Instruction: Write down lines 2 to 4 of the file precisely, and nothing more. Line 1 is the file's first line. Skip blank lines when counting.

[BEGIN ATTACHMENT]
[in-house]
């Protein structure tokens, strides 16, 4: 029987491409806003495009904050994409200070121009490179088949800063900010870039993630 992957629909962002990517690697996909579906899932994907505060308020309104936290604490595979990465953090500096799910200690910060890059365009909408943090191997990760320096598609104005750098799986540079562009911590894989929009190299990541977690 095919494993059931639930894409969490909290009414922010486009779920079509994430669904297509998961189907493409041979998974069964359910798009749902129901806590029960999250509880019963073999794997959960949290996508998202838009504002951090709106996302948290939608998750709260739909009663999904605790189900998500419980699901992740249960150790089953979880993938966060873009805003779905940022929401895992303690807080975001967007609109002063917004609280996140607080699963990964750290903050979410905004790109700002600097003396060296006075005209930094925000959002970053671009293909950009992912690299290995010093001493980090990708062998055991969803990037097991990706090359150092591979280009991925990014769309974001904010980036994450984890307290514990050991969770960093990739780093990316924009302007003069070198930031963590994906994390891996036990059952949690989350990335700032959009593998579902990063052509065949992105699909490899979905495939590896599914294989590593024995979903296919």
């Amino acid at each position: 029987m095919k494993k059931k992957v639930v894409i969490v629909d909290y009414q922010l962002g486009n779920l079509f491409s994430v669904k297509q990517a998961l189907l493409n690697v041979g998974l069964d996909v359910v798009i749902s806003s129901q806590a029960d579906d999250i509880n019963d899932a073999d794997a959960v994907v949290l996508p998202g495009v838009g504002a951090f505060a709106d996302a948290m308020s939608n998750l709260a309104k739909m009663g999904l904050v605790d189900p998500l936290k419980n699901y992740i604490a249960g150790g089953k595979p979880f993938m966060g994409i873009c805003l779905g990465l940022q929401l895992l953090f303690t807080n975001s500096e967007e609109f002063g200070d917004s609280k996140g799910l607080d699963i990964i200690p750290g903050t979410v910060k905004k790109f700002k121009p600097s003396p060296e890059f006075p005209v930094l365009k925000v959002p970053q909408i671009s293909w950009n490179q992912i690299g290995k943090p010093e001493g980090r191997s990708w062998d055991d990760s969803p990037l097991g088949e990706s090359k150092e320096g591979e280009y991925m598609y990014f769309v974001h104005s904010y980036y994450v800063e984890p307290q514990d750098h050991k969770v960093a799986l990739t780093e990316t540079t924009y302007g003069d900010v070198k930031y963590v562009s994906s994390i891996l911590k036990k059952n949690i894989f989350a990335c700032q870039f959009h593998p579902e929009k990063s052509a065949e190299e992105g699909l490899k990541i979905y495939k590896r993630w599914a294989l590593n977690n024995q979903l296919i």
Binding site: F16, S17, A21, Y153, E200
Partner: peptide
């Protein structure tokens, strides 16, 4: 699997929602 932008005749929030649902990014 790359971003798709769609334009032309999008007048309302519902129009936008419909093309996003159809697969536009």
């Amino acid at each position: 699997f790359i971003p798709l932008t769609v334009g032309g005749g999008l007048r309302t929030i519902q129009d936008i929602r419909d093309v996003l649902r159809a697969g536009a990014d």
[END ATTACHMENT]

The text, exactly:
């Protein structure tokens, strides 16, 4: 029987491409806003495009904050994409200070121009490179088949800063900010870039993630 992957629909962002990517690697996909579906899932994907505060308020309104936290604490595979990465953090500096799910200690910060890059365009909408943090191997990760320096598609104005750098799986540079562009911590894989929009190299990541977690 095919494993059931639930894409969490909290009414922010486009779920079509994430669904297509998961189907493409041979998974069964359910798009749902129901806590029960999250509880019963073999794997959960949290996508998202838009504002951090709106996302948290939608998750709260739909009663999904605790189900998500419980699901992740249960150790089953979880993938966060873009805003779905940022929401895992303690807080975001967007609109002063917004609280996140607080699963990964750290903050979410905004790109700002600097003396060296006075005209930094925000959002970053671009293909950009992912690299290995010093001493980090990708062998055991969803990037097991990706090359150092591979280009991925990014769309974001904010980036994450984890307290514990050991969770960093990739780093990316924009302007003069070198930031963590994906994390891996036990059952949690989350990335700032959009593998579902990063052509065949992105699909490899979905495939590896599914294989590593024995979903296919």
């Amino acid at each position: 029987m095919k494993k059931k992957v639930v894409i969490v629909d909290y009414q922010l962002g486009n779920l079509f491409s994430v669904k297509q990517a998961l189907l493409n690697v041979g998974l069964d996909v359910v798009i749902s806003s129901q806590a029960d579906d999250i509880n019963d899932a073999d794997a959960v994907v949290l996508p998202g495009v838009g504002a951090f505060a709106d996302a948290m308020s939608n998750l709260a309104k739909m009663g999904l904050v605790d189900p998500l936290k419980n699901y992740i604490a249960g150790g089953k595979p979880f993938m966060g994409i873009c805003l779905g990465l940022q929401l895992l953090f303690t807080n975001s500096e967007e609109f002063g200070d917004s609280k996140g799910l607080d699963i990964i200690p750290g903050t979410v910060k905004k790109f700002k121009p600097s003396p060296e890059f006075p005209v930094l365009k925000v959002p970053q909408i671009s293909w950009n490179q992912i690299g290995k943090p010093e001493g980090r191997s990708w062998d055991d990760s969803p990037l097991g088949e990706s090359k150092e320096g591979e280009y991925m598609y990014f769309v974001h104005s904010y980036y994450v800063e984890p307290q514990d750098h050991k969770v960093a799986l990739t780093e990316t540079t924009y302007g003069d900010v070198k930031y963590v562009s994906s994390i891996l911590k036990k059952n949690i894989f989350a990335c700032q870039f959009h593998p579902e929009k990063s052509a065949e190299e992105g699909l490899k990541i979905y495939k590896r993630w599914a294989l590593n977690n024995q979903l296919i």
Binding site: F16, S17, A21, Y153, E200